ER-24(10-12)-22 - 7-iVr < ENTREPRENEURSHIP DEVELOPMENT HOW VALID ARE THE MODELS USEDINSRTLA^KA Sarath Buddhadasa Executive Director Business Consultancy

ER-24(10-12)-22 - 7-iVr < ENTREPRENEURSHIP DEVELOPMENT HOW...

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7- i V r , ,<••? area both by Western and Eastern scholars in the context of economic de- velopment and strategy making for the developing countries. This is an area which different researchers, whether they are Sociologists, Economists or Psychologists have strived to explain in terms of the assumptions and concepts relating to the context of their specialization. The Western interest on this subject was aroused especially with Max Weber's (1904) research findings in the beginning of this century. The reason for attaching such a heavy emphasis of research on entrepreneurship was that it began to consider the entrepreneur, as the "key force in the economic de- velopment" as explained, by Schumpetet {1893-1950). Weber's (1994) contribution to the understand-' ing of entrepreneurship is important as his research investigated the positive" relationship between religion based Calyinist Protestant, ethics and thespirit of capitalism. In this process, adopt- ing a psychological approach, David C McClelland (1961) tried to explain parallel behaviour between highly, achievement oriented (N. Ach) indi- viduals and entrepreneurs. McClelknd's efforts revealed that it was .possible to influence economic growth of community through training pro- grams conducted aiming at creating achievement oriented entrepreneurs who will in turn formulate enter- prises. The training models devel- oped based on this assumption are widely being used in developing countries with appropriate adapta- tions to suite the respective cultural contexts. In the Asian region, India (NISBUD Model) and The Philip- pines (UP ISSI Model) have been able to present, develop and effectively use country specific models, but in Sri Lanka, there is no evidence of ap- propriate adaptations being made-to existing models. The models are widely used with no validation of their underlying assumptions which have origins ;ip,.dif|^ent socio cultures.- It js the'acceptance of the.business. dw^opm^experts t^t there, is a ,.ppsitive >c^ entrepre- neur training. and,economic develop^ -meat of developing economies. If this.; i ^ R ^ j r ^ . - ^ . i ^ p c r t i n c n t to observe I'the Achievement indicators of Entrepreneur'Development Programs,: (EDPs) conducted by Sri Lankan agencies tp assess and .judge the quality of contribution of. .these , .programs towards economic development...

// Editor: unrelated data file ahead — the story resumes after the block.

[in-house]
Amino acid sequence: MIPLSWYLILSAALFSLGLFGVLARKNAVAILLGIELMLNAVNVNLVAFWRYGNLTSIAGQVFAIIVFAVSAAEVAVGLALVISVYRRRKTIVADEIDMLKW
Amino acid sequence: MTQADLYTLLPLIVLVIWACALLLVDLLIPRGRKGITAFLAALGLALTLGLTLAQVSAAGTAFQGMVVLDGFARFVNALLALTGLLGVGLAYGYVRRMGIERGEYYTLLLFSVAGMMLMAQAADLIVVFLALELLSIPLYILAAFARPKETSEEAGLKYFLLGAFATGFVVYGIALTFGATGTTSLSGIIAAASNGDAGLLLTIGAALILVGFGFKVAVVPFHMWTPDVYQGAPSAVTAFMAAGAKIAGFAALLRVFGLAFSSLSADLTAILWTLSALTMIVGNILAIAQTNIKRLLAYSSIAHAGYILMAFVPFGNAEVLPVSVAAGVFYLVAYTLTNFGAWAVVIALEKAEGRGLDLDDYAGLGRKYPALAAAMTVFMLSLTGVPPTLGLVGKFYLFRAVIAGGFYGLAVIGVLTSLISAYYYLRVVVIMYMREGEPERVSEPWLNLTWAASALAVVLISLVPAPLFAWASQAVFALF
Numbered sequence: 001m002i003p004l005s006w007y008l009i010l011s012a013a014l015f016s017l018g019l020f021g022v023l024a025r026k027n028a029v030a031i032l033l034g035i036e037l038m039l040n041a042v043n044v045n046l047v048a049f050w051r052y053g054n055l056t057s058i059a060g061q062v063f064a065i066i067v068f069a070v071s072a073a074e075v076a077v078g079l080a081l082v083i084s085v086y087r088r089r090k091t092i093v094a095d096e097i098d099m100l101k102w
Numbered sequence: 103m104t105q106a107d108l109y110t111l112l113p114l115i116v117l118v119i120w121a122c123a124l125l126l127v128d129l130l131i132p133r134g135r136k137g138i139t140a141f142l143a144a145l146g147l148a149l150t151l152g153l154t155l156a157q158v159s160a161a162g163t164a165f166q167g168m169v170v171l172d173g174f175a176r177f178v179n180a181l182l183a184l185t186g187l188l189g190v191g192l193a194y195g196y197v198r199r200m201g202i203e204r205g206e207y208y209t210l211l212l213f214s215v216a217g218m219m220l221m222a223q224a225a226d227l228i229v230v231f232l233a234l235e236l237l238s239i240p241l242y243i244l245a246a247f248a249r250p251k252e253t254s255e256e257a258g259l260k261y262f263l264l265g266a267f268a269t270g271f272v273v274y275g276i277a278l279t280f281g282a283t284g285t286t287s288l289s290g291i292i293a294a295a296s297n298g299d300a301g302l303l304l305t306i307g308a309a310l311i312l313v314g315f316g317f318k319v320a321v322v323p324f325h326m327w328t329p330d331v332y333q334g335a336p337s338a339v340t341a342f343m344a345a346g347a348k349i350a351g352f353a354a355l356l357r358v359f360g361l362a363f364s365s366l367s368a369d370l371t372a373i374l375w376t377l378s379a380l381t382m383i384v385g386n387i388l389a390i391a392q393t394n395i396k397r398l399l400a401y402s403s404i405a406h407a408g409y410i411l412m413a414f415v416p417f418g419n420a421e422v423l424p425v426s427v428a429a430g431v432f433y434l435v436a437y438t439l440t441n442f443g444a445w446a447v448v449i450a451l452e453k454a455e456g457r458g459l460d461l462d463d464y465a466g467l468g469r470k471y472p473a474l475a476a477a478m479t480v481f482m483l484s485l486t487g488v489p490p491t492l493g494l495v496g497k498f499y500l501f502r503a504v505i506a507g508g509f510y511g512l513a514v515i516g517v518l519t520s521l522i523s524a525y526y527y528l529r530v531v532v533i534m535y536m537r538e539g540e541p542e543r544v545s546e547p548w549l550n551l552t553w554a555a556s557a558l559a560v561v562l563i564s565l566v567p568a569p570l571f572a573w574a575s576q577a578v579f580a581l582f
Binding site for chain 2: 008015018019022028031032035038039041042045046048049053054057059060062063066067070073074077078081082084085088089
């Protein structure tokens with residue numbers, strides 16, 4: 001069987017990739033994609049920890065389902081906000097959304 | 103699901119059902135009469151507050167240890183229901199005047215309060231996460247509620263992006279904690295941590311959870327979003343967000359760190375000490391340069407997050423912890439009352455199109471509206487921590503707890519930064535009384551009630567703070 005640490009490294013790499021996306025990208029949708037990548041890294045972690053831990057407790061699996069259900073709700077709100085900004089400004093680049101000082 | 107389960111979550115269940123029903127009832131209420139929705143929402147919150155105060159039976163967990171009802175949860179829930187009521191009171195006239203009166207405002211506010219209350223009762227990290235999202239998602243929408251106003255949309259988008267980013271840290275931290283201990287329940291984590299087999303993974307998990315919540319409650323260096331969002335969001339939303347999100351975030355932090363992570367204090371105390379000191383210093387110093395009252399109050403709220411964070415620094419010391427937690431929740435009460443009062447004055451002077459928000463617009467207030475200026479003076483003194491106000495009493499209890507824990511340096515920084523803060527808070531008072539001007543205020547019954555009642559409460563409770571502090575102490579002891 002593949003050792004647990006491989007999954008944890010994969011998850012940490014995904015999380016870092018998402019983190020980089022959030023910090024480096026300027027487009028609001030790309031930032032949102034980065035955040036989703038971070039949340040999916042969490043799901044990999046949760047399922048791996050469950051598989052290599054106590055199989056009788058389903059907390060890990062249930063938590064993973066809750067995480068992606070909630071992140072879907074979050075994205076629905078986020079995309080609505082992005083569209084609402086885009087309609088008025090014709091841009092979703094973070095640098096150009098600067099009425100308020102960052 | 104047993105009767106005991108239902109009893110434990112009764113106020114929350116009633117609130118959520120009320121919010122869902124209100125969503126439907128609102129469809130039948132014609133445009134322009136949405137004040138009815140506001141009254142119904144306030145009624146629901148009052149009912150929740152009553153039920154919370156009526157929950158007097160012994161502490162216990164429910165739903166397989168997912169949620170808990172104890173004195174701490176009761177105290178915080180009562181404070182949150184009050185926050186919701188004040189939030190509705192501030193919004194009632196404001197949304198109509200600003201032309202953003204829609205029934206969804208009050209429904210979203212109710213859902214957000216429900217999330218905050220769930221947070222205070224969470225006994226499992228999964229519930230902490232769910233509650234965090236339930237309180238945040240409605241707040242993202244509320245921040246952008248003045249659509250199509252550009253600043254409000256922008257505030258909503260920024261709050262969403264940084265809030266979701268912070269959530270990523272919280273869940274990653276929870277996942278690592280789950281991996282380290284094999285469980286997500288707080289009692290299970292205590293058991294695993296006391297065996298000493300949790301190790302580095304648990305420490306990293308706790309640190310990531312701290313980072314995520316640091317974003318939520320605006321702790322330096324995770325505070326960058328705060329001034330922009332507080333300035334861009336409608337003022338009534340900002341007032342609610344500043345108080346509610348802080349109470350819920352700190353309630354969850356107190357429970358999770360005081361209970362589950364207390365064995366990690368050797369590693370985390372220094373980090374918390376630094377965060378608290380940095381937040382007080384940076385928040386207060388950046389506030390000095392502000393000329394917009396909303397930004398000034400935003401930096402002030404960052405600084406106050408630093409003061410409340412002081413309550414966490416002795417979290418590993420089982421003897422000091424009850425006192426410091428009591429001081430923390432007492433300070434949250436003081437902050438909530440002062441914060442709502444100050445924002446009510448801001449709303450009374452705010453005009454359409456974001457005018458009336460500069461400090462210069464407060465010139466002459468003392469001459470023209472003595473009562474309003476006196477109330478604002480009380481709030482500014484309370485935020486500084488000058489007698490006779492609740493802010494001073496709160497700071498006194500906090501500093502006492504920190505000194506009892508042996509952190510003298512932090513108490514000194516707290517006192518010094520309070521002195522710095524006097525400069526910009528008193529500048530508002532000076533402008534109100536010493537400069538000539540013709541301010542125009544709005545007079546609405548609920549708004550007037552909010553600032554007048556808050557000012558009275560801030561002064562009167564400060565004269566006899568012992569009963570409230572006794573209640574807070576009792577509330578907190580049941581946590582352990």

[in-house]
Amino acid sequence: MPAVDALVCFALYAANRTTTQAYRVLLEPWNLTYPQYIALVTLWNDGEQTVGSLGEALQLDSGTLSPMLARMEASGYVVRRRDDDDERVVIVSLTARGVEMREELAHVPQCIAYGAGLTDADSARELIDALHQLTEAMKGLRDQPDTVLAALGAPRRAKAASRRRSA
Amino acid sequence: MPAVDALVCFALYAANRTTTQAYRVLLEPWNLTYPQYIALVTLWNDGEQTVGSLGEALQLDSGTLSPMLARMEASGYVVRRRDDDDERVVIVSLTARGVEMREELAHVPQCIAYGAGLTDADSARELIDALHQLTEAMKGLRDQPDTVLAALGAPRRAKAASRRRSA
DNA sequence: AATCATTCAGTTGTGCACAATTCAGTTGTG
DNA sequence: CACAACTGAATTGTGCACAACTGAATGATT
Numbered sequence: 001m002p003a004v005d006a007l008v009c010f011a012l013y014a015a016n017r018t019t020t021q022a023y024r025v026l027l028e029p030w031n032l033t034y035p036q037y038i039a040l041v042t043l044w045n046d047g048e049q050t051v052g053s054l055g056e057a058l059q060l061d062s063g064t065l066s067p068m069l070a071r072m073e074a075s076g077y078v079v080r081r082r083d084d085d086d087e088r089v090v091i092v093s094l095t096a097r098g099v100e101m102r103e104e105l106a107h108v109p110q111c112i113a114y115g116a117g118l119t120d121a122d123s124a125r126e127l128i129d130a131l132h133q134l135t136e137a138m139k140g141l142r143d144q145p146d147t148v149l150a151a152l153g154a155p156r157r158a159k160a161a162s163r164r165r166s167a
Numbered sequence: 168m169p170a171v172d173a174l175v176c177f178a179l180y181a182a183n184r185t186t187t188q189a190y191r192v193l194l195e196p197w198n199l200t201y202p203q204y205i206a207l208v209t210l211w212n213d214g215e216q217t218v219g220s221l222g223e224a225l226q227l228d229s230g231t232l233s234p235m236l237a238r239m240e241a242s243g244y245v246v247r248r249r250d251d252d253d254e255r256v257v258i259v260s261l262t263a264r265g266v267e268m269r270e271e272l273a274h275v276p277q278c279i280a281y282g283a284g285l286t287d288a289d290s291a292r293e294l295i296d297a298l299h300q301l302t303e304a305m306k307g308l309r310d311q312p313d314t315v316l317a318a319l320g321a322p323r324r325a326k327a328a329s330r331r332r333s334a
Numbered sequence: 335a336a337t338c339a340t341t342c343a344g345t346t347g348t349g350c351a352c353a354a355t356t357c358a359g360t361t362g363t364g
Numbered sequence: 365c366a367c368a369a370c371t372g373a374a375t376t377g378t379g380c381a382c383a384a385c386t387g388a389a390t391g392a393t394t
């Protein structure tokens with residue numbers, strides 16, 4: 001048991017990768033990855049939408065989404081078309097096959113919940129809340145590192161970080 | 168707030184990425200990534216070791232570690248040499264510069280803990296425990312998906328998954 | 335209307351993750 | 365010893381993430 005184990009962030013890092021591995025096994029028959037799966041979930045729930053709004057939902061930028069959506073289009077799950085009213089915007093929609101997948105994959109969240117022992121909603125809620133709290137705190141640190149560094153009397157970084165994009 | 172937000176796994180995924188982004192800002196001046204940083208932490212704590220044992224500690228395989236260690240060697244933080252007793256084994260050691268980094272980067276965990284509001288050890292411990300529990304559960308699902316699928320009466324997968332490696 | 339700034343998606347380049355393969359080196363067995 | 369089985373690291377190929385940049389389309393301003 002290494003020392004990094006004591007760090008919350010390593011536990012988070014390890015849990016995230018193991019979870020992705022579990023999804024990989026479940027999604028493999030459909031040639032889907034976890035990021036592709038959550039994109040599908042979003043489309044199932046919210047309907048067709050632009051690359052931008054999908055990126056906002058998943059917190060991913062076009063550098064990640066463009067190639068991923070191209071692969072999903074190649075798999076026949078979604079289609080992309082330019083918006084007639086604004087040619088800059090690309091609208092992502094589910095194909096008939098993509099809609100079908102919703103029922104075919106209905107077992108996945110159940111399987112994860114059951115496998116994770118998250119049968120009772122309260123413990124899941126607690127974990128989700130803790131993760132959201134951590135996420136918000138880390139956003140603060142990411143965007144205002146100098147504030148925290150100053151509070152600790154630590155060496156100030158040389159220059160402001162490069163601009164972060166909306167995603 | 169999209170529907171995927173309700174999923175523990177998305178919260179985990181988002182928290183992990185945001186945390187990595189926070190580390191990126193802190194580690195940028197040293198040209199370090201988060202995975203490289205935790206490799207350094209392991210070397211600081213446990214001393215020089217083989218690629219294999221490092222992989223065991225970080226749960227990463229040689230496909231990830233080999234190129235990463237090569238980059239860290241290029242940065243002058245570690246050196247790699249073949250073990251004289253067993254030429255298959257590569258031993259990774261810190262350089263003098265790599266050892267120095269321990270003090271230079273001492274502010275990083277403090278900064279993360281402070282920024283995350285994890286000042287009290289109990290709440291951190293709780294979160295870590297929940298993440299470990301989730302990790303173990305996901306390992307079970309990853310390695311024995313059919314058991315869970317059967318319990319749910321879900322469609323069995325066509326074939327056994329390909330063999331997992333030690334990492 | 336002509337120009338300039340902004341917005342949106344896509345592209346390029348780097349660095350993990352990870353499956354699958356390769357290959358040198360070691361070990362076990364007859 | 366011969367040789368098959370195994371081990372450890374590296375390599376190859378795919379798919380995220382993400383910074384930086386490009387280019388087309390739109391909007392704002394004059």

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of aspiring entrepreneurs remained the same after EDP .... " It has further re- vealed that "31.6% of the aspiring en- trepreneurs who were trained in EDP were engaged in prospective enterprises in the respective areas of the Mahaweli region. The same EDP evaluations un- dertaken by Exo and Shah (1991) re- vealed "only about 20% of trainees in the EDPs for aspiring entrepreneurs were involved in viable businesses after one year". These results suggest an in- adequate success rate of the present EDPs conducted in Sri Lanka. All these studies have not considered a control group to compare results than the present success rates recorded. Making an overall assessment, Ellepola (1987) notes that "in Sri Lanka, the entrepre- neur development work appears to be still in its infancy..." Reasons for Low Success Rates There are different theories suggested as reasons for the low level of success of the EDPs conducted in Sri Lanka. They could be broadly classified as follows: (a) Absence of a development oriented support system to provide necessary interventions during the post training period until the take off point, "emergence of entrepreneurship cannot be changed in theshort run or ma- nipulated from outside, there are cer- tain other factors institutional support, incentives etc that can be changed in the short run or injected from outside" Panangala (1987) (b) Weaknesses of the selection tools and methods used. According to Mohotti (1993) The lack of a proper procedure for the selection of partici- pants is found to be the main weakness of the existing programs. (c) Methodology and the Struc- ture of EDPs. According to Exo and Shah (1991) most of the EDPs conducted in the Mahaweli areas have no empha- sis on the "struc- ture and sequenc- ing .... The major- ity of the trainers relied primarily on their own areas of expertise, and most used subject based structures. In the absence of appropriate teach- ing materials, it was difficult to link up the course content with the real world of the small scale enterprise" (d) Absence of indigenous cul- tural orientation in the EDPs. "It ap- pears that the EDPs of long dura- tion have a high theoretical content, which reflects a bias towards West- ern Models. It could be probably due to the fact that the majority of the EDP trainers in Sri Lanka have been trained abroad in the application of Western Models and most EDPs have been funded by Western donors. A weakness in the content of EDPs is that they have not been able to integrate the indigenous entrepre- neurship experiences and values in the curricula". The above situation must invariably stimulate industrial development pro- fessionals to re-think about the total process of entrepreneurship practised at present and introduce an indig- enous formulation based on the past experiences gathered in the applica- tion of different methodologies and available research findings. Formulation of the I REP Model The Business Consultancy Services (BCS) which was established in Janu- ary 1994 as a private sector business development organisation undertook an EDP project with the World Uni- versity Services of Canada (WUSC) - Sri Lank, a Canadian non-govern- mental organization engaged in Hu- man Resource Development in Sri